If you want to render the scene exactly as it is in a short time frame, you might consider sending it off to a renderfarm such as SheepIt, a free distributed blender-specific renderfarm where blenderusers from all over the world donate and exchange their processing time.


For reference:
Default setup (100 samples, 40% resolution, frame 20): 1:19

enter image description here

As far as things you can do without changing the result go, this scene is already pretty optimized.
You can shave off a few seconds by reducing the bounces. (an optimization of a few seconds at preview resolution and samples can turn into minutes at full quality)

Reduced bounces: 0:59

enter image description here

Keep in mind that tile size can also have a sizable impact on rendertime, but the nature of this impact heavily depends on the scene and your hardware.

Scene changing optimizations

By using an arealamp to do the main illumination and dimming the letters, allowing the less-noisy area lamp do all the work, a lot of the noise is less noticeable. Adding a glare node helps cover the noise directly behind the letters somewhat:

enter image description here

Yes, the rendertime increased (thanks to the glare node), but now the result appears slightly less noisy.

Taking this to the extreme you could even make the letters visible only to the camera:

enter image description here

Now it's nearly at a point where you might be able to get away with 100 samples for the final render (you might still want to use 200-300 or so).

Other options

  • As mentioned above, use a renderfarm. Here's a list of renderfarms which support or even specialize in blender/cycles.

  • Render it overnight or in the background over the course a few weeks (perhaps using only a single core while using the computer for other things)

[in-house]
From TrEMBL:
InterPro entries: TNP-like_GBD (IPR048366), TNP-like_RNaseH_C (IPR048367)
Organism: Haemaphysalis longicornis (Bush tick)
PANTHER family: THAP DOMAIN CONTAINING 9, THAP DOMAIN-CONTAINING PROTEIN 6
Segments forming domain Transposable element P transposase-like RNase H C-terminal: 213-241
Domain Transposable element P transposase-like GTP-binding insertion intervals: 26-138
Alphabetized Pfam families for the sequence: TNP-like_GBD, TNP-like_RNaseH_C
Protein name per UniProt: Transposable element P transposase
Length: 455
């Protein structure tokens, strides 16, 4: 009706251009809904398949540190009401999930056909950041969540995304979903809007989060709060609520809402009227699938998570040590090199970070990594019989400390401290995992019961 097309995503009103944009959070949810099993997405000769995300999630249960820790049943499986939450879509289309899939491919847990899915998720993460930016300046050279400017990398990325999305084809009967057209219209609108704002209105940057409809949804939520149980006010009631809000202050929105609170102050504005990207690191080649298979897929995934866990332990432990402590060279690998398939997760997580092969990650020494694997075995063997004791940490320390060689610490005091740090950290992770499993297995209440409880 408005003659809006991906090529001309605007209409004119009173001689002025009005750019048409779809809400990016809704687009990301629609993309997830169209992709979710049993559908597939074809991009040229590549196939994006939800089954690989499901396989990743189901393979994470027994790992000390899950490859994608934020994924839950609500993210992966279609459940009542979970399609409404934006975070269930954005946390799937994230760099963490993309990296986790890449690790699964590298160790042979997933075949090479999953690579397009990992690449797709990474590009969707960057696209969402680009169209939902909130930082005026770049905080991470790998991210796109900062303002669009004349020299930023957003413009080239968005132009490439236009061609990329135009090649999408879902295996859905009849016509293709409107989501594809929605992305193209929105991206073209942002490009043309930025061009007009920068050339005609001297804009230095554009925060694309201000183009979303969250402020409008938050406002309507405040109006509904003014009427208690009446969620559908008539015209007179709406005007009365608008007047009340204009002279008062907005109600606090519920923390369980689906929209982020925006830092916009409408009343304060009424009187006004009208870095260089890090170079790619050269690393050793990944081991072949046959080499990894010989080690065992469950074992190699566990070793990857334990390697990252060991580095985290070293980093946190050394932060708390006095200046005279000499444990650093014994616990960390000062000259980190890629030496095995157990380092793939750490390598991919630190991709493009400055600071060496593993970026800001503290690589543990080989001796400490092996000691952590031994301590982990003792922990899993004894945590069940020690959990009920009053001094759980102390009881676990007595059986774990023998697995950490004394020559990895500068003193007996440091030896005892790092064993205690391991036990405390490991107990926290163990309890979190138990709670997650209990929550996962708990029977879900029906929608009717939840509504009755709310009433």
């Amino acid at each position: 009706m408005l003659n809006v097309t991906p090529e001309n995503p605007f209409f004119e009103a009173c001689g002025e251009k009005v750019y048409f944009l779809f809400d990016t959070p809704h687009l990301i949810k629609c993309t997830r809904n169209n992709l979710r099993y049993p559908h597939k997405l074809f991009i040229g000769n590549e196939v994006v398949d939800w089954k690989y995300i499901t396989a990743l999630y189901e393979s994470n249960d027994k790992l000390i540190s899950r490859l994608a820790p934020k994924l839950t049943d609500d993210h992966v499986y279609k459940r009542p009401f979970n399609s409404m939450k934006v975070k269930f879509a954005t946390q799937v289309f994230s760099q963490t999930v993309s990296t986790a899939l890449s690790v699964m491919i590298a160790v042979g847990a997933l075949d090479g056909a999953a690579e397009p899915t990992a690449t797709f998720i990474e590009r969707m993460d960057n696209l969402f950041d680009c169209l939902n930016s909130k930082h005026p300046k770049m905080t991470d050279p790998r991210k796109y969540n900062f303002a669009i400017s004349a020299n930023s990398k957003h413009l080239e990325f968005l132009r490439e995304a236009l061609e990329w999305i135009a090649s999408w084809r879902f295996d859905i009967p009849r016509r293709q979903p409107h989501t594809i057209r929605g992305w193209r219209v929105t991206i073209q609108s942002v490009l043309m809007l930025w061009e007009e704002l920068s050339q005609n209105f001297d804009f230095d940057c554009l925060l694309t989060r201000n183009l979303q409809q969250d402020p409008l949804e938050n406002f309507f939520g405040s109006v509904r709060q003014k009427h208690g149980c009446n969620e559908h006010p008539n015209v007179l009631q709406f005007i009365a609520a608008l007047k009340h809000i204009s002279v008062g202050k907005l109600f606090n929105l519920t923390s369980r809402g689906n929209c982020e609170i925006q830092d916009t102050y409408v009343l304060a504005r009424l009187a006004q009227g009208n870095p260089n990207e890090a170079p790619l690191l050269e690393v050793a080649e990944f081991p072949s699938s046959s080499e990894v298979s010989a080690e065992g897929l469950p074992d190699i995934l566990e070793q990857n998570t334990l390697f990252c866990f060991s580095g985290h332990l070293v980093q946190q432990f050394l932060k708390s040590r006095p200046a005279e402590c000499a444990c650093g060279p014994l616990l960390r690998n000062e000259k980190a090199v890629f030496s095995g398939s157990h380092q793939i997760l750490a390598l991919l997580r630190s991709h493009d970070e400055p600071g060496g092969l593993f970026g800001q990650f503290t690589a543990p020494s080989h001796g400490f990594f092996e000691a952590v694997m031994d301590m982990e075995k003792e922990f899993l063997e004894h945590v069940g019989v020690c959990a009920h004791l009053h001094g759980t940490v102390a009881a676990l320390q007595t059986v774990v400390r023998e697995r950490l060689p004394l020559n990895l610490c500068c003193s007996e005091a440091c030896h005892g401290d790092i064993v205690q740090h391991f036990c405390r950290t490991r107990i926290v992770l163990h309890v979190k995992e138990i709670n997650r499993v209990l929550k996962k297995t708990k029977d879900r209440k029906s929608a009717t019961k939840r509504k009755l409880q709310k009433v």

• Bake the lighting for diffuse materials (only valid if no light sources are animated)

  • 1
    $\begingroup$ Full resolution at 55sec on a nvidia GTX970 GPU render on my end. 100 samples $\endgroup$
    – hawkenfox
    Jan 30, 2016 at 10:16
  • $\begingroup$ @hawkenfox What tile-size? $\endgroup$
    – gandalf3
    Jan 30, 2016 at 10:17
  • 2
    $\begingroup$ For animation keep in mind that not every frame has to be as perfect, if you are going to have 24 of them every second, you don't get to see each one for a long time... most important is to have a noise pattern that is not fixed and somehow tolerable. If you where to pause and examine most films that you like you'll see that not every frame is pretty... The crucial thing is not to loose focus on the story... $\endgroup$
    – user1853
    Jan 31, 2016 at 2:07
  • $\begingroup$ Also it is extremely important to animate the noise seed for the samples. This will make the noise pattern different every frame so it will be less visible and behave more like a natural film grain. Just go to Render -> Sampling and press the little clock next to the Seed value. $\endgroup$
    – Simon S.
    Nov 14, 2016 at 13:43